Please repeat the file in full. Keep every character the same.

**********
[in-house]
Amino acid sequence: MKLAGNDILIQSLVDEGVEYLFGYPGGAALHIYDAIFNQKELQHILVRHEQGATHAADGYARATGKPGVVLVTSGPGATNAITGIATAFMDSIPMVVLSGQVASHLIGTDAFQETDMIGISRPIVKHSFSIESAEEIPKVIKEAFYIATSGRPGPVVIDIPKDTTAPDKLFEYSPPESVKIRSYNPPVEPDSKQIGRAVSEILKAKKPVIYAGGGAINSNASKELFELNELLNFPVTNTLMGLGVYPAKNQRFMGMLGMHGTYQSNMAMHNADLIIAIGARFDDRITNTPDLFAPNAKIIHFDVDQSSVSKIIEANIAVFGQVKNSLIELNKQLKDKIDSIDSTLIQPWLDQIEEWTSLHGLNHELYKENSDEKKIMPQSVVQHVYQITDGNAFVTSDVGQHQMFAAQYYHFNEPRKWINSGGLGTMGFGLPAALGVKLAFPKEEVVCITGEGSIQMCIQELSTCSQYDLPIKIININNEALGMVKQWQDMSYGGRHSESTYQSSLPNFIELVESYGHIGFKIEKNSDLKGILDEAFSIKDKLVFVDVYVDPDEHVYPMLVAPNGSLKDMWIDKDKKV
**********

[in-house]
Amino acid sequence: MKLAGNDILIQSLVDEGVEYLFGYPGGAALHIYDAIFNQKELQHILVRHEQGATHAADGYARATGKPGVVLVTSGPGATNAITGIATAFMDSIPMVVLSGQVASHLIGTDAFQETDMIGISRPIVKHSFSIESAEEIPKVIKEAFYIATSGRPGPVVIDIPKDTTAPDKLFEYSPPESVKIRSYNPPVEPDSKQIGRAVSEILKAKKPVIYAGGGAINSNASKELFELNELLNFPVTNTLMGLGVYPAKNQRFMGMLGMHGTYQSNMAMHNADLIIAIGARFDDRITNTPDLFAPNAKIIHFDVDQSSVSKIIEANIAVFGQVKNSLIELNKQLKDKIDSIDSTLIQPWLDQIEEWTSLHGLNHELYKENSDEKKIMPQSVVQHVYQITDGNAFVTSDVGQHQMFAAQYYHFNEPRKWINSGGLGTMGFGLPAALGVKLAFPKEEVVCITGEGSIQMCIQELSTCSQYDLPIKIININNEALGMVKQWQDMSYGGRHSESTYQSSLPNFIELVESYGHIGFKIEKNSDLKGILDEAFSIKDKLVFVDVYVDPDEHVYPMLVAPNGSLKDMWIDKDKKV